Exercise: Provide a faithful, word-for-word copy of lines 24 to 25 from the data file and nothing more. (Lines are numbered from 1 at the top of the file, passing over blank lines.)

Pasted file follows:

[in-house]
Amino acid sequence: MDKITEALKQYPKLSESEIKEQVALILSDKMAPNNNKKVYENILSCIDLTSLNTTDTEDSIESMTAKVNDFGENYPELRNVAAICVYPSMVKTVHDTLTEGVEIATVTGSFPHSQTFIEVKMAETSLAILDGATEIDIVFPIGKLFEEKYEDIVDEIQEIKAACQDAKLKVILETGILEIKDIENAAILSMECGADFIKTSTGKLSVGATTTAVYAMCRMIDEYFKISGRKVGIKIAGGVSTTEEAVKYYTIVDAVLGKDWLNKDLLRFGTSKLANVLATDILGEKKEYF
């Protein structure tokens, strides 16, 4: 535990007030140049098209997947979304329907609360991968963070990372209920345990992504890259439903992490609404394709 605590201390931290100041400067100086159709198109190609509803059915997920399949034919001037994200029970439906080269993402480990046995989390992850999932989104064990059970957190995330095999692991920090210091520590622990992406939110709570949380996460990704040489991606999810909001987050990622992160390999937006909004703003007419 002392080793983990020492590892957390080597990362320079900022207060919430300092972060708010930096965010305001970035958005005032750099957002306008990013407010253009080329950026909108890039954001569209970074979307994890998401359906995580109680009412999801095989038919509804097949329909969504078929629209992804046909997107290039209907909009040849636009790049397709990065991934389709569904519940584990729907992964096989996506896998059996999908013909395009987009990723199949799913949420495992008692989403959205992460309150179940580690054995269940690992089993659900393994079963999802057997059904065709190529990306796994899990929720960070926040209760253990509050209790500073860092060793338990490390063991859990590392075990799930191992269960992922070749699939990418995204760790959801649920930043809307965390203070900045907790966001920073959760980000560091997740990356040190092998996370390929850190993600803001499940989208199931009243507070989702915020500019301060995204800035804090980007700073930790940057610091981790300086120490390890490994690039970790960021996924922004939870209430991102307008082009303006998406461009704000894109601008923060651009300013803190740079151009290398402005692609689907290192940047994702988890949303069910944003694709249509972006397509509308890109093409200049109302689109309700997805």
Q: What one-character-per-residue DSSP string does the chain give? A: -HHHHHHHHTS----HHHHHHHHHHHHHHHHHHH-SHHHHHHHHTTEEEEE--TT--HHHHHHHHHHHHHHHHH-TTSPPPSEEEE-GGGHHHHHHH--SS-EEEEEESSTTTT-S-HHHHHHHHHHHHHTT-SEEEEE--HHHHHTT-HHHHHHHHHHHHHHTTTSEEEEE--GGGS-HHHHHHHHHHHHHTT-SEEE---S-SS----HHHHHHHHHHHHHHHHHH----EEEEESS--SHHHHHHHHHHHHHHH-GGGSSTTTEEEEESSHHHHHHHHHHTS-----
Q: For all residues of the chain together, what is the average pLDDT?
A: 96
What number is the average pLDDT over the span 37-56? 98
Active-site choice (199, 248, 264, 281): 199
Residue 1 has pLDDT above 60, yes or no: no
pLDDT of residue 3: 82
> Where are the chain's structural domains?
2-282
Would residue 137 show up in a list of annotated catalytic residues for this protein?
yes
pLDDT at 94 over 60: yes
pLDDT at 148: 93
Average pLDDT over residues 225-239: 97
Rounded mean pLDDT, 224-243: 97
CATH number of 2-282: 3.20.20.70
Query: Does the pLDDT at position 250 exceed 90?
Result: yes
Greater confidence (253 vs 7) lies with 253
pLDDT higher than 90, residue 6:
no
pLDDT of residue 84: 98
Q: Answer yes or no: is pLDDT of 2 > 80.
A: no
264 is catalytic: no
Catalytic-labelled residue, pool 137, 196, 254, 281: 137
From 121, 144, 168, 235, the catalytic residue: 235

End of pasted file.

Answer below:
no
pLDDT of residue 84: 98